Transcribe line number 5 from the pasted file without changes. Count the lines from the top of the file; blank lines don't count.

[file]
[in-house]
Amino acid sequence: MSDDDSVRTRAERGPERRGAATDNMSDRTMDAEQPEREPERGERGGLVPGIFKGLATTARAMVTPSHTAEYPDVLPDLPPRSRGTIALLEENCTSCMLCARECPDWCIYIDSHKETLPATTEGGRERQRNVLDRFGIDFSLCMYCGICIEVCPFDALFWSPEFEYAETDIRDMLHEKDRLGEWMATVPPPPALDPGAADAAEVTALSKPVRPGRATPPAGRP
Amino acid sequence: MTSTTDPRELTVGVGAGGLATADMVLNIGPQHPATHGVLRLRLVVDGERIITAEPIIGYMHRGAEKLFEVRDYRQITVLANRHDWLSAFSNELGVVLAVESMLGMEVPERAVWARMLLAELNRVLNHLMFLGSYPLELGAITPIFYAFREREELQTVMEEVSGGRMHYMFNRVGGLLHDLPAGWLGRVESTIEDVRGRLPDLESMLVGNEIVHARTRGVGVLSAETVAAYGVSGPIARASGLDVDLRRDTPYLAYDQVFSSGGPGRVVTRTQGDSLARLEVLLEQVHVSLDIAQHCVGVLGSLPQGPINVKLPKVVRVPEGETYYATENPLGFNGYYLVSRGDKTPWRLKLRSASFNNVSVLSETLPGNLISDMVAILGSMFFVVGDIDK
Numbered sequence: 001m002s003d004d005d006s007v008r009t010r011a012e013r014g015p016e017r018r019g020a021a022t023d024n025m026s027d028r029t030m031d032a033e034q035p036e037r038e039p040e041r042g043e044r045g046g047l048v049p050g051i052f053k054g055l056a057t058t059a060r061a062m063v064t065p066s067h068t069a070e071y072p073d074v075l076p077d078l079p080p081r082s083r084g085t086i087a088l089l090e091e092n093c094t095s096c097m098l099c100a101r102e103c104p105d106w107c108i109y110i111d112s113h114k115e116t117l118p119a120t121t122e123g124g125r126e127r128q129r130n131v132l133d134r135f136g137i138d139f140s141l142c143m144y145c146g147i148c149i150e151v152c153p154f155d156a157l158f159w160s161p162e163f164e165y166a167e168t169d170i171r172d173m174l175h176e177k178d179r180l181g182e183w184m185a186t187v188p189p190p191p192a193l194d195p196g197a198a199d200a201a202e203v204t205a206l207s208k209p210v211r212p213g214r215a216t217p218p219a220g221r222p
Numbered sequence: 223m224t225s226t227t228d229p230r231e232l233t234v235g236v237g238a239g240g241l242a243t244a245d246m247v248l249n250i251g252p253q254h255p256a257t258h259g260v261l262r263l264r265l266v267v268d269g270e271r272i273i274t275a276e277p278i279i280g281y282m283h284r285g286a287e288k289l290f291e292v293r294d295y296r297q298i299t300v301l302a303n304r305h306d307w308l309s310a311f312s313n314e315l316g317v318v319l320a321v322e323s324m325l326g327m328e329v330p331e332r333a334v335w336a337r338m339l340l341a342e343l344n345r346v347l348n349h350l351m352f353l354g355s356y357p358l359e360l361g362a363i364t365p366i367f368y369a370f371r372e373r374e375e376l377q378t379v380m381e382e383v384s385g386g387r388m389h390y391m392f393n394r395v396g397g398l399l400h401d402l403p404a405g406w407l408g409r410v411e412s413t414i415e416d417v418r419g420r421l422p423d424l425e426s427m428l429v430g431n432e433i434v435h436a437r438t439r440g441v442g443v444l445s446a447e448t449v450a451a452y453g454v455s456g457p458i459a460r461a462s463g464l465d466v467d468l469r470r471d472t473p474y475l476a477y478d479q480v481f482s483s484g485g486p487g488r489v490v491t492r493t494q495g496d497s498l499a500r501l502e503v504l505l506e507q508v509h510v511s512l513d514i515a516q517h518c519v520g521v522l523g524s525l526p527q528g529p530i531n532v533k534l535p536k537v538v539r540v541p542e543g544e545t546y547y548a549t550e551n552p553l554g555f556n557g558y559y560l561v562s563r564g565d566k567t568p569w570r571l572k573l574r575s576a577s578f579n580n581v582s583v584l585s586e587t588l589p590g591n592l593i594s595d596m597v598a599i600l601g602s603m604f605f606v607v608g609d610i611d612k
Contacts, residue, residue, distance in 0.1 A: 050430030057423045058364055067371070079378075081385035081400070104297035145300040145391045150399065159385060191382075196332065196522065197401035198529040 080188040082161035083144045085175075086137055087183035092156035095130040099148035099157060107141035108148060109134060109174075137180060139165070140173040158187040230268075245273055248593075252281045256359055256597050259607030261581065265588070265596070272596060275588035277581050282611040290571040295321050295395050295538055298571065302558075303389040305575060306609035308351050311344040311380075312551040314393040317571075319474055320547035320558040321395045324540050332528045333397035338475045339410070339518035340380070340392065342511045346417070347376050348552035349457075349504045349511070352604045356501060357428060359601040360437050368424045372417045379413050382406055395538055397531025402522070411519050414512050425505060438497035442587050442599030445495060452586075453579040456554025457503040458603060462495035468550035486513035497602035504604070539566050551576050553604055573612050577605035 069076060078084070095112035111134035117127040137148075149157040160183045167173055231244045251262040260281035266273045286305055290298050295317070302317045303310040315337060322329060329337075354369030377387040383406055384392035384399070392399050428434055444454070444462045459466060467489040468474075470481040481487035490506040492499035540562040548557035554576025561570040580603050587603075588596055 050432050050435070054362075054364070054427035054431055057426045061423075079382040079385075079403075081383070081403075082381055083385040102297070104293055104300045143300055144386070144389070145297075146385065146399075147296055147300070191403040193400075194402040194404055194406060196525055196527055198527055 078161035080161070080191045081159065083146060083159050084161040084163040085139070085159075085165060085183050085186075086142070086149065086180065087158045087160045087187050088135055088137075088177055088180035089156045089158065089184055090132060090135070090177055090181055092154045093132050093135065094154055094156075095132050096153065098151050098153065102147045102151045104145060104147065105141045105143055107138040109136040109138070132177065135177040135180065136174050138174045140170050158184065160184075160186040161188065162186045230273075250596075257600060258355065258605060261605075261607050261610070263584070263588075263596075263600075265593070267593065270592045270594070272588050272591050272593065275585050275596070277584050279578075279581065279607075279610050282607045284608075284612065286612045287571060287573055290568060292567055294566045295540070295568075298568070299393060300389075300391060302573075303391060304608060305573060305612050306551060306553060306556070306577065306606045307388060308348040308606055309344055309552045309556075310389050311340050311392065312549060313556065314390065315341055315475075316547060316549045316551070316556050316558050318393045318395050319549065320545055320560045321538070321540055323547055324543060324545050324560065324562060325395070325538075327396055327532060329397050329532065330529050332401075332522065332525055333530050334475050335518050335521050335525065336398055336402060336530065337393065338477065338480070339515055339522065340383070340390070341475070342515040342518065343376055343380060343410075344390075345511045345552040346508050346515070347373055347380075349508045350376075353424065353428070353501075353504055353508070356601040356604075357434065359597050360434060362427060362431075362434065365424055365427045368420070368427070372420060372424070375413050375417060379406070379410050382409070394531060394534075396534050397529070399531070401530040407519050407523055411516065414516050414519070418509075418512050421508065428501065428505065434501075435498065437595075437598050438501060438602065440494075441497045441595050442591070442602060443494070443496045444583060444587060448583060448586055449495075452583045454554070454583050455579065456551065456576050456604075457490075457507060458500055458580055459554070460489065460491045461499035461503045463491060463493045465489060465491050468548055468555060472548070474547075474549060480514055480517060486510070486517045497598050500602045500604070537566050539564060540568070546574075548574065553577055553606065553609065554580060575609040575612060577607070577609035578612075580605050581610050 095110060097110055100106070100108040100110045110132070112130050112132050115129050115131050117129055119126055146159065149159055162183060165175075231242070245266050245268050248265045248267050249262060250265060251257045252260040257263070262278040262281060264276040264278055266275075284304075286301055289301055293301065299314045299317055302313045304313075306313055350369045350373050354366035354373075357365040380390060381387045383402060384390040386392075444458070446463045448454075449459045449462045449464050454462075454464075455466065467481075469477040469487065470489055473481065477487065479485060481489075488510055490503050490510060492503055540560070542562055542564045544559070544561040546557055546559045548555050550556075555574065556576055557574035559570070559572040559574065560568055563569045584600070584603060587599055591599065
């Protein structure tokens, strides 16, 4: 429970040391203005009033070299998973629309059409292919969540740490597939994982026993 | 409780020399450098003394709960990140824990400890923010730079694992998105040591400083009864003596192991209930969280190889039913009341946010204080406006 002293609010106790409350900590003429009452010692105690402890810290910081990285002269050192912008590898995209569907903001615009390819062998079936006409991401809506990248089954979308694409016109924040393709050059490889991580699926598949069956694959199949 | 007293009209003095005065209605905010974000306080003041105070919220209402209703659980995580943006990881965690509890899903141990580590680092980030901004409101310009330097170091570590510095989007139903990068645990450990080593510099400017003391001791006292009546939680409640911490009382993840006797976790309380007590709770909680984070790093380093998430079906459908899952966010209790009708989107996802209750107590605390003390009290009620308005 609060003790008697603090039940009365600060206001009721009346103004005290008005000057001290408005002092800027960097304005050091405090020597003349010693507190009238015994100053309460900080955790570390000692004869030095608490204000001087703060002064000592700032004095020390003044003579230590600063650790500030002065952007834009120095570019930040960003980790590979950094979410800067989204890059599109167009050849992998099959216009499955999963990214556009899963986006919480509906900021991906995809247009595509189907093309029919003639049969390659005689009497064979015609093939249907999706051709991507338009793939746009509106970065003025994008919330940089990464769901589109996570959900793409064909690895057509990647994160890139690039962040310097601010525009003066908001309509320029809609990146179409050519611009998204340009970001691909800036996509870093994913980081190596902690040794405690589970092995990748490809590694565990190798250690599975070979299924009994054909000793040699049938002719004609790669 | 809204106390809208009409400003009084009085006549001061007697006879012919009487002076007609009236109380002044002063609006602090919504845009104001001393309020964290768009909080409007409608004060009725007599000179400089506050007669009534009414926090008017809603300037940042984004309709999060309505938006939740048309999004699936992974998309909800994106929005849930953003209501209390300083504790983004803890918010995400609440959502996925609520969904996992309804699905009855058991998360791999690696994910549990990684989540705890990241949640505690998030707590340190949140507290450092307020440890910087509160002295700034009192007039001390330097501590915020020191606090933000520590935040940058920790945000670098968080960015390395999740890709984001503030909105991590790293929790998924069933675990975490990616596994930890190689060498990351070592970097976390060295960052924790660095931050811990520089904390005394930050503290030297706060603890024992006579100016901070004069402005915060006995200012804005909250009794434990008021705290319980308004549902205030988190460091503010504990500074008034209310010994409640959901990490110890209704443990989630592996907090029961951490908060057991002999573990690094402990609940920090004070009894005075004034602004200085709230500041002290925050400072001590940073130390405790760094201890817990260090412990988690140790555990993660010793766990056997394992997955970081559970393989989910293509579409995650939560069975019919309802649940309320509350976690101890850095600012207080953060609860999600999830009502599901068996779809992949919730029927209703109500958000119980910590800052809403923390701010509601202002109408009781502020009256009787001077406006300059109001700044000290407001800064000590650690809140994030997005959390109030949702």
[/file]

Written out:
Numbered sequence: 223m224t225s226t227t228d229p230r231e232l233t234v235g236v237g238a239g240g241l242a243t244a245d246m247v248l249n250i251g252p253q254h255p256a257t258h259g260v261l262r263l264r265l266v267v268d269g270e271r272i273i274t275a276e277p278i279i280g281y282m283h284r285g286a287e288k289l290f291e292v293r294d295y296r297q298i299t300v301l302a303n304r305h306d307w308l309s310a311f312s313n314e315l316g317v318v319l320a321v322e323s324m325l326g327m328e329v330p331e332r333a334v335w336a337r338m339l340l341a342e343l344n345r346v347l348n349h350l351m352f353l354g355s356y357p358l359e360l361g362a363i364t365p366i367f368y369a370f371r372e373r374e375e376l377q378t379v380m381e382e383v384s385g386g387r388m389h390y391m392f393n394r395v396g397g398l399l400h401d402l403p404a405g406w407l408g409r410v411e412s413t414i415e416d417v418r419g420r421l422p423d424l425e426s427m428l429v430g431n432e433i434v435h436a437r438t439r440g441v442g443v444l445s446a447e448t449v450a451a452y453g454v455s456g457p458i459a460r461a462s463g464l465d466v467d468l469r470r471d472t473p474y475l476a477y478d479q480v481f482s483s484g485g486p487g488r489v490v491t492r493t494q495g496d497s498l499a500r501l502e503v504l505l506e507q508v509h510v511s512l513d514i515a516q517h518c519v520g521v522l523g524s525l526p527q528g529p530i531n532v533k534l535p536k537v538v539r540v541p542e543g544e545t546y547y548a549t550e551n552p553l554g555f556n557g558y559y560l561v562s563r564g565d566k567t568p569w570r571l572k573l574r575s576a577s578f579n580n581v582s583v584l585s586e587t588l589p590g591n592l593i594s595d596m597v598a599i600l601g602s603m604f605f606v607v608g609d610i611d612k